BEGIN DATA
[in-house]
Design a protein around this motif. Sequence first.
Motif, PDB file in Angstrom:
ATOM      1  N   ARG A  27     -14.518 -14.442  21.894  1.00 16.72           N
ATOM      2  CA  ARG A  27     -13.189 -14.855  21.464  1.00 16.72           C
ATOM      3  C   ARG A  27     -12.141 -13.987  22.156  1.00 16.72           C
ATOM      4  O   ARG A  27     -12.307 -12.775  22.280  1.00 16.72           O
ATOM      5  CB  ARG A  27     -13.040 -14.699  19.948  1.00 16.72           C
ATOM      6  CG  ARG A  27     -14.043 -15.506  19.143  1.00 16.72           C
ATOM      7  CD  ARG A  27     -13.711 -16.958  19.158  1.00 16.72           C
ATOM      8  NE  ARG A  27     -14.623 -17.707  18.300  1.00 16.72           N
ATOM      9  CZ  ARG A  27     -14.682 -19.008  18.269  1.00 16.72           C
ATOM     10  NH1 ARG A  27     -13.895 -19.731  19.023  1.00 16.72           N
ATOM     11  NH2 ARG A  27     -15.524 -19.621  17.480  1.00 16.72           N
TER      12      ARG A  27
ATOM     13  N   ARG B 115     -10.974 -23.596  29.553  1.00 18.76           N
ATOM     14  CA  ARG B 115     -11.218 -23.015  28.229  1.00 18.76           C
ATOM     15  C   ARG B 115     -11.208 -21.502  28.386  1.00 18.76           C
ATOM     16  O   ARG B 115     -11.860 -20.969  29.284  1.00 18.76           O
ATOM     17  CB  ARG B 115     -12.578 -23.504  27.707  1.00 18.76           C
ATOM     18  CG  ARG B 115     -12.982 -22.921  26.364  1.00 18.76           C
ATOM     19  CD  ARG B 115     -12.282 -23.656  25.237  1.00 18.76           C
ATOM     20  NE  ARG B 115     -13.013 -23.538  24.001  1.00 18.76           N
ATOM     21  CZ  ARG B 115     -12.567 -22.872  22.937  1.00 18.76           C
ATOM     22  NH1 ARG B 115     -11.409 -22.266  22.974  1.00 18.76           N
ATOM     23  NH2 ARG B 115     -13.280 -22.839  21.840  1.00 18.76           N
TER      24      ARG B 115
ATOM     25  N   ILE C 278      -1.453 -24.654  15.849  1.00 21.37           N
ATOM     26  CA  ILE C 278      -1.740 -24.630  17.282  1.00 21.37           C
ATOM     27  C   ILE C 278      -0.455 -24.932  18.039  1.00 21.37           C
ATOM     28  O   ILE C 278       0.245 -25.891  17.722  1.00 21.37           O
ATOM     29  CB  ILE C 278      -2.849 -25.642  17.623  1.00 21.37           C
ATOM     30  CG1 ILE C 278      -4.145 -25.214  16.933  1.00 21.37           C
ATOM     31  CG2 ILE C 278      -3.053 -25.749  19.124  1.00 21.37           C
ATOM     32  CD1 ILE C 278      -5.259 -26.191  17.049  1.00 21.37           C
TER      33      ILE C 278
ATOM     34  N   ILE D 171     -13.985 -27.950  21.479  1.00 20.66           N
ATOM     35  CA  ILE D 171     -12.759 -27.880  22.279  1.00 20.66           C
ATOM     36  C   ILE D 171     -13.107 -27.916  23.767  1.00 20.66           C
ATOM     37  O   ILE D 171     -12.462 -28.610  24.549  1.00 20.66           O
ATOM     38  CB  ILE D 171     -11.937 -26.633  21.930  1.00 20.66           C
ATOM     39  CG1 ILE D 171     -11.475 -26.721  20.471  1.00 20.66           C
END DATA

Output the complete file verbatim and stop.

[in-house]
Design a protein around this motif. Sequence first.
Motif, PDB file in Angstrom:
ATOM      1  N   ARG A  27     -14.518 -14.442  21.894  1.00 16.72           N
ATOM      2  CA  ARG A  27     -13.189 -14.855  21.464  1.00 16.72           C
ATOM      3  C   ARG A  27     -12.141 -13.987  22.156  1.00 16.72           C
ATOM      4  O   ARG A  27     -12.307 -12.775  22.280  1.00 16.72           O
ATOM      5  CB  ARG A  27     -13.040 -14.699  19.948  1.00 16.72           C
ATOM      6  CG  ARG A  27     -14.043 -15.506  19.143  1.00 16.72           C
ATOM      7  CD  ARG A  27     -13.711 -16.958  19.158  1.00 16.72           C
ATOM      8  NE  ARG A  27     -14.623 -17.707  18.300  1.00 16.72           N
ATOM      9  CZ  ARG A  27     -14.682 -19.008  18.269  1.00 16.72           C
ATOM     10  NH1 ARG A  27     -13.895 -19.731  19.023  1.00 16.72           N
ATOM     11  NH2 ARG A  27     -15.524 -19.621  17.480  1.00 16.72           N
TER      12      ARG A  27
ATOM     13  N   ARG B 115     -10.974 -23.596  29.553  1.00 18.76           N
ATOM     14  CA  ARG B 115     -11.218 -23.015  28.229  1.00 18.76           C
ATOM     15  C   ARG B 115     -11.208 -21.502  28.386  1.00 18.76           C
ATOM     16  O   ARG B 115     -11.860 -20.969  29.284  1.00 18.76           O
ATOM     17  CB  ARG B 115     -12.578 -23.504  27.707  1.00 18.76           C
ATOM     18  CG  ARG B 115     -12.982 -22.921  26.364  1.00 18.76           C
ATOM     19  CD  ARG B 115     -12.282 -23.656  25.237  1.00 18.76           C
ATOM     20  NE  ARG B 115     -13.013 -23.538  24.001  1.00 18.76           N
ATOM     21  CZ  ARG B 115     -12.567 -22.872  22.937  1.00 18.76           C
ATOM     22  NH1 ARG B 115     -11.409 -22.266  22.974  1.00 18.76           N
ATOM     23  NH2 ARG B 115     -13.280 -22.839  21.840  1.00 18.76           N
TER      24      ARG B 115
ATOM     25  N   ILE C 278      -1.453 -24.654  15.849  1.00 21.37           N
ATOM     26  CA  ILE C 278      -1.740 -24.630  17.282  1.00 21.37           C
ATOM     27  C   ILE C 278      -0.455 -24.932  18.039  1.00 21.37           C
ATOM     28  O   ILE C 278       0.245 -25.891  17.722  1.00 21.37           O
ATOM     29  CB  ILE C 278      -2.849 -25.642  17.623  1.00 21.37           C
ATOM     30  CG1 ILE C 278      -4.145 -25.214  16.933  1.00 21.37           C
ATOM     31  CG2 ILE C 278      -3.053 -25.749  19.124  1.00 21.37           C
ATOM     32  CD1 ILE C 278      -5.259 -26.191  17.049  1.00 21.37           C
TER      33      ILE C 278
ATOM     34  N   ILE D 171     -13.985 -27.950  21.479  1.00 20.66           N
ATOM     35  CA  ILE D 171     -12.759 -27.880  22.279  1.00 20.66           C
ATOM     36  C   ILE D 171     -13.107 -27.916  23.767  1.00 20.66           C
ATOM     37  O   ILE D 171     -12.462 -28.610  24.549  1.00 20.66           O
ATOM     38  CB  ILE D 171     -11.937 -26.633  21.930  1.00 20.66           C
ATOM     39  CG1 ILE D 171     -11.475 -26.721  20.471  1.00 20.66           C